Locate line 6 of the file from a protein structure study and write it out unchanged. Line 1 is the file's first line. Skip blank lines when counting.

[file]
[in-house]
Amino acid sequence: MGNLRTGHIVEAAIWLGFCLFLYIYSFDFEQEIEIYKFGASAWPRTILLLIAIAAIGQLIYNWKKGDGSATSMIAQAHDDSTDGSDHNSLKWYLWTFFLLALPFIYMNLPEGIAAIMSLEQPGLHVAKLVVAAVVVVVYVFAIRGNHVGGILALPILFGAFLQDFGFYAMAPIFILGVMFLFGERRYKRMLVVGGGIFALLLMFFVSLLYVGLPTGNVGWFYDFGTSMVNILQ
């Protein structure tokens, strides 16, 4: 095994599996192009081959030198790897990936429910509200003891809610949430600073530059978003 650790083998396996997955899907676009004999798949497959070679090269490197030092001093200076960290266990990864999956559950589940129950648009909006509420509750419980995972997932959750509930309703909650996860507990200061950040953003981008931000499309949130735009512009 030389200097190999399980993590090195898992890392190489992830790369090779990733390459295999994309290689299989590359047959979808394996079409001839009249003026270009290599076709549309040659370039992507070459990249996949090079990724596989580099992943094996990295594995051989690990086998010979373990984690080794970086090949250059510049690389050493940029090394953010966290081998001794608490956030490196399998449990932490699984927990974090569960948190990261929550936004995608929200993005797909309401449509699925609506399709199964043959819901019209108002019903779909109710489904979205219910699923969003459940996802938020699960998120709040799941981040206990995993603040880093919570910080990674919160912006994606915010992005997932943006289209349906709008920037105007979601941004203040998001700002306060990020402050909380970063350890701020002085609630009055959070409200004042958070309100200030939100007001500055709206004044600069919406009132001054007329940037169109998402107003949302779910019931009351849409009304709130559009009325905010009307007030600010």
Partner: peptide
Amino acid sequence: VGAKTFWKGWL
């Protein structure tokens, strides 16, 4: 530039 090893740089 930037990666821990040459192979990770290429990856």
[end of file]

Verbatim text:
């Protein structure tokens, strides 16, 4: 530039 090893740089 930037990666821990040459192979990770290429990856």